Monthly Archives: December 2018

Christmas is in the Air!

Can you smell it? It’s that time of the year when Christmas is in the air! Oh, lift your face and smell the scent of fir trees, pine cones, fresh cold air, and KFC fried chicken in the air! Wait, what, KFC fried chicken in the air? That’s become a Christmas scent?

Yes, KFC decided that Christmas needs more food smells, particularly its famous fried chicken with 11 herbs and spices. To that end, the company recently sold out of its five-pound fire logs that were scented with fried chicken. Relax though, no chickens were harmed and none are burned as part of the fire logs, which are made out of recycled materials. The logs burn up to 2.5 to 3 hours and have a caution applied – burning it may result in a crazing for fried chicken (plus it may attract hungry bears or neighbors).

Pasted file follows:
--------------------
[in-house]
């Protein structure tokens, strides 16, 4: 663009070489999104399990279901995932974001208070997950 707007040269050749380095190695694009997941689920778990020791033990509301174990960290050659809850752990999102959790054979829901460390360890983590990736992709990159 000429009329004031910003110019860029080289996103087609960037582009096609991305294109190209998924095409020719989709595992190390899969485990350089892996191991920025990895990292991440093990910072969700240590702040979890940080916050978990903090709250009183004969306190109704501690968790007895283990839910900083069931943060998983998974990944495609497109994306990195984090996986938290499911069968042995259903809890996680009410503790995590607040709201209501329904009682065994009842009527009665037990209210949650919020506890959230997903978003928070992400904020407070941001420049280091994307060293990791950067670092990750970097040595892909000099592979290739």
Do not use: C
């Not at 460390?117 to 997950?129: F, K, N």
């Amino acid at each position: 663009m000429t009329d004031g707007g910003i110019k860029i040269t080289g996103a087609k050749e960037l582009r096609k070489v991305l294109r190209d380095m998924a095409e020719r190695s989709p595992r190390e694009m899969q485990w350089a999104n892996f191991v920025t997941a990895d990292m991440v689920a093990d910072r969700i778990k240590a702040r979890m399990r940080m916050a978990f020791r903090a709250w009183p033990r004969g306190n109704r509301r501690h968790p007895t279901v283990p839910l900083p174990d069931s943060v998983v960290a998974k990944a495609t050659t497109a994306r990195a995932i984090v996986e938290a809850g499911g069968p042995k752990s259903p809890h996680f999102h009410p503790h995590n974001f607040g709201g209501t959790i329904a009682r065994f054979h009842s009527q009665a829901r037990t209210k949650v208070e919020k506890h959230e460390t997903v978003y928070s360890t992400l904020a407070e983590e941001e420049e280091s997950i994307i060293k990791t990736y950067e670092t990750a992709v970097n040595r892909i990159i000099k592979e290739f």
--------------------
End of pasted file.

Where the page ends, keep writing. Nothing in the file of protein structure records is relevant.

KFC isn’t the only company applying scents to the holidays. General Mills is also using scents in movie theaters to entice consumers for its Pillsbury cinnamon rolls. General Mills is using scent machines at 200 theaters to push out a subtle scent of freshly cooked cinnamon rolls during pre-show commercials.

Why the emphasis on scents in marketing? Studies have indicated that smell is strongly linked to memory recall. Consumers link scents to memories, making them more inclined to purchase products that generate happy memories.

What smells do you like?

Group Activities and Discussion Questions:

  1. Poll students: What are the scents of Christmas?
  2. Show the KFC yule log site: https://www.kfc.com/fire-log
  3. Show a video about KFC logs: https://youtu.be/b-4Yh8_4vZI
  4. Show the Pillsbury cinnamon theater commercial: https://youtu.be/z_ie4wdXyXM
  5. Divide students into teams.
  6. Have each team develop a marketing tactic using “scents” to improve branding and sales.
  7. What are the drawbacks to this type of marketing?

Source: Minneapolis Star Tribune, Entrepreneur, Ad Week, Fox News, other news sources

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“Bear Resistant.” A Label that is Rigorously Tested.